A few years ago when I was managing a high energy, informal, friendly, and fun team, I could count on everyone to work well together–with one exception. One of the men–a young recruit–was extremely structured, highly conforming, protective of his private time, and confrontational. He had been hired at a time when we were worried about having enough hands on deck to get all of the work done, but his presence contrasted starkly to everyone else in the team and anyone who interfaced with our office. We came to understand this situation as “not a good fit,” and it created misery on all sides.
Teams with a diverse pool of workers and thinkers can benefit from differences in style, but they take more time and effort from their leaders to support communications without conflict. When leaders misunderstand differences in style, they typically hire workers like themselves, creating a default culture where difference causes problems.
As a leader, you can decrease discomfort and increase productivity by increasing your awareness of personal style and organizational culture and how they interrelate.
People are extraordinarily complex individuals. We “flex” and show up differently depending on the situation, the people around us, and what is needed. However, most of us do have a default style—a way of behaving that is most comfortable, particularly under times of stress.
Consider these dimensions of personal style:
Every individual has a default style that can be ‘mapped’ along these dimensions:
If you are familiar with the DISC assessment, you may notice that High “D” is Dominant/Different, High “I” is Promoting/Influential, High S is Supporting/Steady, and High C is Analyzing/Conscientious.
The young man I described above likely could be described as Stable/Structured, Analyzing/Conscientious, Dominant/Different, and (slightly) Driven/Controlling.
Many people are familiar with the DISC styles and how they impact individual behavior, but what is less known is how each of these dimensions of personal style corresponds to organizational culture dimensions. When a team is predominantly staffed with a single behavioral style or closely related styles, the resulting team will have a culture that is heavily weighted toward that style. At a corporate or team level we would describe those cultures with different language:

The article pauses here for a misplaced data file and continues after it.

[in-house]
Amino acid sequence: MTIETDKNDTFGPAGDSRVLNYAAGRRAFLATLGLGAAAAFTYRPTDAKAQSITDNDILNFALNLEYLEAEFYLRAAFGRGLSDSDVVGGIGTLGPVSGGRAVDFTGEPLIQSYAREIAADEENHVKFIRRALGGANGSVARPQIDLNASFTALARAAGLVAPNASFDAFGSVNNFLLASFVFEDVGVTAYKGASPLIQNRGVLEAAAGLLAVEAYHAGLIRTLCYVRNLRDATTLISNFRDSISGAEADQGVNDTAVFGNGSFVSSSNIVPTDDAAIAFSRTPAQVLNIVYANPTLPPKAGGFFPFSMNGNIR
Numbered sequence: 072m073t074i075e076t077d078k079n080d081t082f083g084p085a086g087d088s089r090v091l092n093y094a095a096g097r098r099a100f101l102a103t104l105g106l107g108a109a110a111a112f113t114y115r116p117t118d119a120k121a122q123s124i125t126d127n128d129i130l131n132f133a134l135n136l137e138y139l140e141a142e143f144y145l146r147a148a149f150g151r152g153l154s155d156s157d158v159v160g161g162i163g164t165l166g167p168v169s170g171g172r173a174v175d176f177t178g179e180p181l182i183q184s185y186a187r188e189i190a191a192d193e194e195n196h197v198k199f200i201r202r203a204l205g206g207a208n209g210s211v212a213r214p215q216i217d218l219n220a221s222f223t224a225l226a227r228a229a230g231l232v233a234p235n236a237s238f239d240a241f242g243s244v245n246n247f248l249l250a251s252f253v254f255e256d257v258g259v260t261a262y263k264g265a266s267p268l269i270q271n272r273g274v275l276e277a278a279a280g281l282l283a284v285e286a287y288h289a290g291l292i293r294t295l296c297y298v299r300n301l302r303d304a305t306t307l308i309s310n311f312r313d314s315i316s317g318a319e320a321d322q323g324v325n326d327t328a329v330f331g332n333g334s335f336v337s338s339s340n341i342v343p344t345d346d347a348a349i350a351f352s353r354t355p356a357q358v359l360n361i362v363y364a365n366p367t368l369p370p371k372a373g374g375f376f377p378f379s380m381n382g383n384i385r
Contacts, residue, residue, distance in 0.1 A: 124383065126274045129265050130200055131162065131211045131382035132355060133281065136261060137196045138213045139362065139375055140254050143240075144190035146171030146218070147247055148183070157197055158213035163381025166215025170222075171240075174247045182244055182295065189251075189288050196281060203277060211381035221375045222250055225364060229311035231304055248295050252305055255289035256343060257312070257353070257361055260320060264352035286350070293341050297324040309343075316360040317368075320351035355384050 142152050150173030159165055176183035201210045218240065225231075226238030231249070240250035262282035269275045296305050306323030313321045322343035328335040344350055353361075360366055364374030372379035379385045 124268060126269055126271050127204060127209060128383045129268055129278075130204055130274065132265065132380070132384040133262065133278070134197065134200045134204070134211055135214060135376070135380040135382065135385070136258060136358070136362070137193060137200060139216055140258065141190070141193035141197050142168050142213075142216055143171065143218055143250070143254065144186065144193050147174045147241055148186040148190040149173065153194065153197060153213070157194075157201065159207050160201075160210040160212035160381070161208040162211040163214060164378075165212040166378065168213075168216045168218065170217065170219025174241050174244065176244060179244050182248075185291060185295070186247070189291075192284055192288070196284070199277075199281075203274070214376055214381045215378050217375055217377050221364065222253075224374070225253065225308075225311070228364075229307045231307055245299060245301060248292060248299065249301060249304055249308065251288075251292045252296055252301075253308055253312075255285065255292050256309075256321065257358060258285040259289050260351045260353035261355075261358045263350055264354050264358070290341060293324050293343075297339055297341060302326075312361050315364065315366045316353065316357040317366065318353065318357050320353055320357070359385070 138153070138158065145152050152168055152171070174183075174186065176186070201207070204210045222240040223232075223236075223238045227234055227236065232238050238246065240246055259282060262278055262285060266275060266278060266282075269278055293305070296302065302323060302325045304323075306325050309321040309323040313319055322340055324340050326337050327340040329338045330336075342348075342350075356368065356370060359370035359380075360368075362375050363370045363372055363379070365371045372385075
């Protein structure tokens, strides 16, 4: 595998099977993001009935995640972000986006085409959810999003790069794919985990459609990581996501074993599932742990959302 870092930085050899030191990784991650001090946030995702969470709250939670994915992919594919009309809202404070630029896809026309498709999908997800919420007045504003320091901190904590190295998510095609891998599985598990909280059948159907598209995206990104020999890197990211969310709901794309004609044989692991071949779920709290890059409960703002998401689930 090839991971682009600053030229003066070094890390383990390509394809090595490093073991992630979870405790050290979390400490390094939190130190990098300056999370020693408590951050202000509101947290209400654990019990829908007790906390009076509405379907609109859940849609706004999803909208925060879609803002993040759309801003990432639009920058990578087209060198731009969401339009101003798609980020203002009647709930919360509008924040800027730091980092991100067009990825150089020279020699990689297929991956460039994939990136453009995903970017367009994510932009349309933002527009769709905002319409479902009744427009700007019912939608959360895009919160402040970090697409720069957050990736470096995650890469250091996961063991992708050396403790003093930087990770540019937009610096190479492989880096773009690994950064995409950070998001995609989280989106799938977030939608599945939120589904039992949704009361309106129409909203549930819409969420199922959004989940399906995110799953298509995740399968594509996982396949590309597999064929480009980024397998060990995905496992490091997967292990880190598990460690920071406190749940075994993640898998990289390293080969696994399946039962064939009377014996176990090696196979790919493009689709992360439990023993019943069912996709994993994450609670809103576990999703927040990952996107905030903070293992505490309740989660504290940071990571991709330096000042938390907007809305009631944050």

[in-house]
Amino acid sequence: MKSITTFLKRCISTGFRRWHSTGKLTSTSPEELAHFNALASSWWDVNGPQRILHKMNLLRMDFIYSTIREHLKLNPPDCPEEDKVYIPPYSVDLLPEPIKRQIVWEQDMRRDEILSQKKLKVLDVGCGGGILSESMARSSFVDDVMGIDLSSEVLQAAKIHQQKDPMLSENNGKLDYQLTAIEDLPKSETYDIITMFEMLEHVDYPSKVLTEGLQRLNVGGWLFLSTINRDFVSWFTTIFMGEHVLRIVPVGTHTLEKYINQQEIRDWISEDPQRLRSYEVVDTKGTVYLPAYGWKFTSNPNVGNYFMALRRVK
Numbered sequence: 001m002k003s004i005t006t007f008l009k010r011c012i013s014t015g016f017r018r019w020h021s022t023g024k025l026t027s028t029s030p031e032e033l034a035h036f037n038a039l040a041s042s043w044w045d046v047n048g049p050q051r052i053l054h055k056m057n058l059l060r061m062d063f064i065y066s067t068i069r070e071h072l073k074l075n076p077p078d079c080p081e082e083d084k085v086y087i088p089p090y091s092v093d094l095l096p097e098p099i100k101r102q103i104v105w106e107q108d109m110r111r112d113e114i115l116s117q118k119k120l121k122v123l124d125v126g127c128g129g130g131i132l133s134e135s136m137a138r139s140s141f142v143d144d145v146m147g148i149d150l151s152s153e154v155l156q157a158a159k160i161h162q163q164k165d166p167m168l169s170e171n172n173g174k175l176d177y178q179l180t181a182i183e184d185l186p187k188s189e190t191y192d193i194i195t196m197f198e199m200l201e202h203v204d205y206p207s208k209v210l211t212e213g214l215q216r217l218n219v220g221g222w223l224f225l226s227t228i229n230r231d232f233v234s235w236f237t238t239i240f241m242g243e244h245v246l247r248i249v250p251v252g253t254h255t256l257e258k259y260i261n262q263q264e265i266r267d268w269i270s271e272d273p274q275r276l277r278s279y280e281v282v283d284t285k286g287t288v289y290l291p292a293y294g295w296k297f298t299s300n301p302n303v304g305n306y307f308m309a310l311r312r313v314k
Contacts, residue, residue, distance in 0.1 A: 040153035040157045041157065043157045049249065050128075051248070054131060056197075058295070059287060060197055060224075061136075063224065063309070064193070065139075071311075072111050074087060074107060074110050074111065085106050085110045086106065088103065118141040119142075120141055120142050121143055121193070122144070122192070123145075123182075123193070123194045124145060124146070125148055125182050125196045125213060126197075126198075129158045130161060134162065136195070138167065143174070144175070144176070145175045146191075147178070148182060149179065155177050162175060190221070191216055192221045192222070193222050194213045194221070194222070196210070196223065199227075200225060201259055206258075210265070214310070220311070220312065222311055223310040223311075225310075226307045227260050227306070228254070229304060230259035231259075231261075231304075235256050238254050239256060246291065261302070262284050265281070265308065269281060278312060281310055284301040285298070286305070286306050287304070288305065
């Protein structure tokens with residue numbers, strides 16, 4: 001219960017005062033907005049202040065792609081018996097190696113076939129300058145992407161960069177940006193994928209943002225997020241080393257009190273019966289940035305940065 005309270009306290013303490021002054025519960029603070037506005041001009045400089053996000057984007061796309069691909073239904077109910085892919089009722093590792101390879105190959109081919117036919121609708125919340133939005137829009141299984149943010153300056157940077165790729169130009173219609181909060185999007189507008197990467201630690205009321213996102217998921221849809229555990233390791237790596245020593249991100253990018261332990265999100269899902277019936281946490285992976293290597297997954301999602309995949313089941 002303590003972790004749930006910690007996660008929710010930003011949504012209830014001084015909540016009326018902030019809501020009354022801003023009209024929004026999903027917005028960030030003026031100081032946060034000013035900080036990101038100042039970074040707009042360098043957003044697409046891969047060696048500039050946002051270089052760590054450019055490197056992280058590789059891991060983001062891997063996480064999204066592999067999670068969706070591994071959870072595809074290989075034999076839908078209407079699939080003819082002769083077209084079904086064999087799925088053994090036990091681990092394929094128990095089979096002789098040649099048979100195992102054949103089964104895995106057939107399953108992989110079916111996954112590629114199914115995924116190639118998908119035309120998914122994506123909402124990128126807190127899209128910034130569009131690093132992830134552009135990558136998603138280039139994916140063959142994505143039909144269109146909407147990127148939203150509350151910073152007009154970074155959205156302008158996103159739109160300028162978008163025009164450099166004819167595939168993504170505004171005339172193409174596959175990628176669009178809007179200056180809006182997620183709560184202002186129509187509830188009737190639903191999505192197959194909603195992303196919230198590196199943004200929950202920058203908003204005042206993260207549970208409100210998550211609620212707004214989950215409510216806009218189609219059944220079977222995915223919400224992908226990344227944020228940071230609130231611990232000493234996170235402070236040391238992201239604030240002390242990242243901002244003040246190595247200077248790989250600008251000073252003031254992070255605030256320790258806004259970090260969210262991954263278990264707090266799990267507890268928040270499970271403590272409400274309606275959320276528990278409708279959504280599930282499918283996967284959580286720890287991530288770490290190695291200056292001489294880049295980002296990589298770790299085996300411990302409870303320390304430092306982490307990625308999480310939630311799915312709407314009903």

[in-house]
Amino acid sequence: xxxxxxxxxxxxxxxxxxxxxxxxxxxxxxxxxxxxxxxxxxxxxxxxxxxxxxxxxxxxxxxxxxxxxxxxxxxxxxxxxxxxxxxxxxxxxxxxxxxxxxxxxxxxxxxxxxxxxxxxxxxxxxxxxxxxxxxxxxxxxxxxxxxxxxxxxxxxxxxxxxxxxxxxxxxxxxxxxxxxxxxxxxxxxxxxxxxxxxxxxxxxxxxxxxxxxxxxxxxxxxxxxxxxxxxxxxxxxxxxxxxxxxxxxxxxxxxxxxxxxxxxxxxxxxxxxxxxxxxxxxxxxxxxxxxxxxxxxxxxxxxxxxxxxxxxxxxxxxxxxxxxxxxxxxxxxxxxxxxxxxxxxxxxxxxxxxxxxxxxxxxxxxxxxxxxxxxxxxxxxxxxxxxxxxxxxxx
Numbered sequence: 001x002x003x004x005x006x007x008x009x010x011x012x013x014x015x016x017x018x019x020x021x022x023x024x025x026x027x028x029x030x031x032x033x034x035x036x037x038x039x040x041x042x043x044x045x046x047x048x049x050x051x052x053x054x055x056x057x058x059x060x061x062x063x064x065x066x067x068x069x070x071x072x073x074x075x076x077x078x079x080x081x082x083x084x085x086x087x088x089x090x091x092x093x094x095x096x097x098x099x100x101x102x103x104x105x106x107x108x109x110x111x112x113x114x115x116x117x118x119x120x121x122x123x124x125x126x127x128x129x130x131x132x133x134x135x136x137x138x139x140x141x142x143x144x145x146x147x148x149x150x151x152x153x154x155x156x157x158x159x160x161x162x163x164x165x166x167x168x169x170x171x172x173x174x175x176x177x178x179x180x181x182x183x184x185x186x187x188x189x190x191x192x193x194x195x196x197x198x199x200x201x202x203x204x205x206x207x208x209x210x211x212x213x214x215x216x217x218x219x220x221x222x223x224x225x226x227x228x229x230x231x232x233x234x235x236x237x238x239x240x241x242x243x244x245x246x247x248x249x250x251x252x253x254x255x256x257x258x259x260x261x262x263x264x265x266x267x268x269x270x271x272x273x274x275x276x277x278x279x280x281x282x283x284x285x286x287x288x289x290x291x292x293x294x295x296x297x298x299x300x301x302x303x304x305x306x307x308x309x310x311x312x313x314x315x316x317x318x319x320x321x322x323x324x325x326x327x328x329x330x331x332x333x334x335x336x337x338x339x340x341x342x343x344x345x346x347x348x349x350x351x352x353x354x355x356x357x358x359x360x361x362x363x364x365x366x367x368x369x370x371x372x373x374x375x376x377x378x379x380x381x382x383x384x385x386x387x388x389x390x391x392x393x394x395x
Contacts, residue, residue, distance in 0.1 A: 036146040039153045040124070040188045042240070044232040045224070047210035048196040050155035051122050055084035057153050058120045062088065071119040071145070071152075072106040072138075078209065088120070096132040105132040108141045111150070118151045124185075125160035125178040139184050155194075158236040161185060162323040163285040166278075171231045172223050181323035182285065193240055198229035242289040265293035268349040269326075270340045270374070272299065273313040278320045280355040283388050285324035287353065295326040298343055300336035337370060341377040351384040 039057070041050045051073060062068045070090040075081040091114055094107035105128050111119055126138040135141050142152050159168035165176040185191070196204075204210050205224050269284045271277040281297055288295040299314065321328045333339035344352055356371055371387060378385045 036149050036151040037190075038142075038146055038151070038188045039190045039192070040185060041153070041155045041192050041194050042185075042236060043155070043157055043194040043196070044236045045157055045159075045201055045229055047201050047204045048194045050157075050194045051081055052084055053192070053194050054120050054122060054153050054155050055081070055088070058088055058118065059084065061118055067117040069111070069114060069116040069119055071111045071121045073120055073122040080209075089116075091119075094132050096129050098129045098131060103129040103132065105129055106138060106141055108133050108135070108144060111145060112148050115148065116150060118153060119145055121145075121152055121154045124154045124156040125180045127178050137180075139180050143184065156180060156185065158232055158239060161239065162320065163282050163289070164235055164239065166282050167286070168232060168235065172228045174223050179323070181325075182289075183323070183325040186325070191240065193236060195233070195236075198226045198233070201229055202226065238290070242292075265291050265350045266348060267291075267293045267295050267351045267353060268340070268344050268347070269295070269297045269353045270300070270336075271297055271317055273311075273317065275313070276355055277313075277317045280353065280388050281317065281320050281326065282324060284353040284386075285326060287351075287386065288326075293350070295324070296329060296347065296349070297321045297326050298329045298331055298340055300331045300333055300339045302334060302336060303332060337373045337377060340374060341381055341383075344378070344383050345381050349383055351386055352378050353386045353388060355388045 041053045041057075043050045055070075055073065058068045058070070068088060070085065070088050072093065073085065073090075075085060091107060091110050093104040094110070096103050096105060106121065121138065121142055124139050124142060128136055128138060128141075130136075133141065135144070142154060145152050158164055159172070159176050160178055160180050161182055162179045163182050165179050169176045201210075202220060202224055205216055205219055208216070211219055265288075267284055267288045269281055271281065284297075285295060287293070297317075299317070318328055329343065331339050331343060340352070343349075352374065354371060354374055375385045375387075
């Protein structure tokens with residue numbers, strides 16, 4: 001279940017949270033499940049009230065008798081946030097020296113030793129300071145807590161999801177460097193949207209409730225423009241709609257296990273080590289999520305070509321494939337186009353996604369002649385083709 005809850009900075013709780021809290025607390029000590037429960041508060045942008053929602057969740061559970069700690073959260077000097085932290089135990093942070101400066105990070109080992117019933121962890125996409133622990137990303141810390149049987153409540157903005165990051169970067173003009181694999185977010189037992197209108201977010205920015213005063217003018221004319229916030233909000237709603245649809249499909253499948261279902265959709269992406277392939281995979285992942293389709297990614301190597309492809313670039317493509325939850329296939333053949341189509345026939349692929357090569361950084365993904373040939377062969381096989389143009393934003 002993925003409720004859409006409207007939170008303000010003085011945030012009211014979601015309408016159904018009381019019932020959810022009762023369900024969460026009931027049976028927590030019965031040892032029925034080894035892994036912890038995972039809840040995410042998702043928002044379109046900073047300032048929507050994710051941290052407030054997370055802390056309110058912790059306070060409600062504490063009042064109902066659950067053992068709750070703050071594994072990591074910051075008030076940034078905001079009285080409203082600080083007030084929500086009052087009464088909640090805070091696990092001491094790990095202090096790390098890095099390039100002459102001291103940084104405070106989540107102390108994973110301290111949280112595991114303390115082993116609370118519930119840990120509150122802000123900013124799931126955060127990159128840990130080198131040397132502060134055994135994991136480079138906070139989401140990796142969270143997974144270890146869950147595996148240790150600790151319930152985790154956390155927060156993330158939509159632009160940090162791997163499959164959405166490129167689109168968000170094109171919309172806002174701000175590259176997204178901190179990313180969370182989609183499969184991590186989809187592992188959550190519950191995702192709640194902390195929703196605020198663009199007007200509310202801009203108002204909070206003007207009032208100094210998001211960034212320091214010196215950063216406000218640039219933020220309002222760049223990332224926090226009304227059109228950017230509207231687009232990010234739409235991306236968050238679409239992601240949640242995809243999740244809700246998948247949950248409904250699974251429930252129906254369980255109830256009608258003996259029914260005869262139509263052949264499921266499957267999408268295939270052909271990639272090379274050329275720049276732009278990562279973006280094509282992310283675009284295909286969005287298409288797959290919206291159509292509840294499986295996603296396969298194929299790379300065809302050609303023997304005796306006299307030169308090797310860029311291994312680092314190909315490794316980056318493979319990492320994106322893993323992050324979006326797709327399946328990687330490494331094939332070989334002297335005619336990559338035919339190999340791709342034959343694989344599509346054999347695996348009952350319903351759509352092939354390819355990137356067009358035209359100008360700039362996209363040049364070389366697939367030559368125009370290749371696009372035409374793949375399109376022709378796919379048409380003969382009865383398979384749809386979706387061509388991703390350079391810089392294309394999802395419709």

Flexibility/Discretion: The organization focuses on its ability to change with circumstances or market forces and empower its workforce. Recently some organizations like Zappos and HolocracyOne have made headlines with their managerless structures and intentions of adapting quickly to environmental changes. (Corresponds with “Flexibility/Informal.”)
Stability/Control: The organization focuses on its commitment to strategic direction and internal reliability. The people who work here must be on the same page. (Corresponds with “Stable/Structured.”)
Adaptability/Adhocracy: Chiefly tuned in to the changes in the marketplace and taking action to adapt. Dynamic, creative, and open to risk. (Corresponds with “Promoting/Influential” or “I” styles.)
Consistency/Hierarchy: A formalized work environment with high role definition and replicated practices/procedures. Normal in customer service businesses that pride themselves on consistency for customers no matter the geographic region. (Corresponds with “Analyzing/Conscientious” or “C” styles.)
External/Differentiated: Goal-oriented learning organizations that differentiate themselves from their competition in the marketplace and drive excellence in their processes and products. (Corresponds with “Dominant/Different.”)
Internal/Integrated: Focused on developing personnel–both leadership and the rank-and-file. Quality of teamwork and the values they share are paramount. (Corresponds with “Conforming/Easygoing.”)
Mission/Market: Executing the action plan that creates bottom-line results and move the organization toward realizing its goals. Corporations focus on stockholder value. (Corresponds with “Driven/Controlling” or “D” styles.)
Involvement/Clan: Commitment to the organization is most valued. Employees are “members of the family” with a career in the company. (Corresponds with “Supporting/Steady” or “S” styles.)
The workgroup I described at the start of this article would be described with the terms Flexibility/Discretion, Adaptability/Adhocracy, Internal/Integrated, and Involvement/Clan. In practically every dimension, the team and our one member who “didn’t fit” were opposites. This was not his fault, and he wasn’t wrong. But the similarities between others on the team and the difference between them and him became a source of frequent conflict and tension.
Leaders can increase effectiveness by tuning in to these dynamics, understanding their own default or preferred style and the benefits of diversity, understanding the style preferences and flexing capacity for each of their employees, and learning more about how to manage diversity.
For further reading:
- Organizational Culture Change: Unleashing Your Organization’s Potential in Circles of 10 by Marcella Bremer
- Leading Culture Change in Global Organizations: Aligning Culture and Strategy by Daniel Denison, Robert Hooijberg, Nancy Lane, and Colleen Lief
- Taking Flight!: Master the DISC Styles to Transform Your Career, Your Relationships…Your Life by Merrick Rosenberg and Daniel Silvert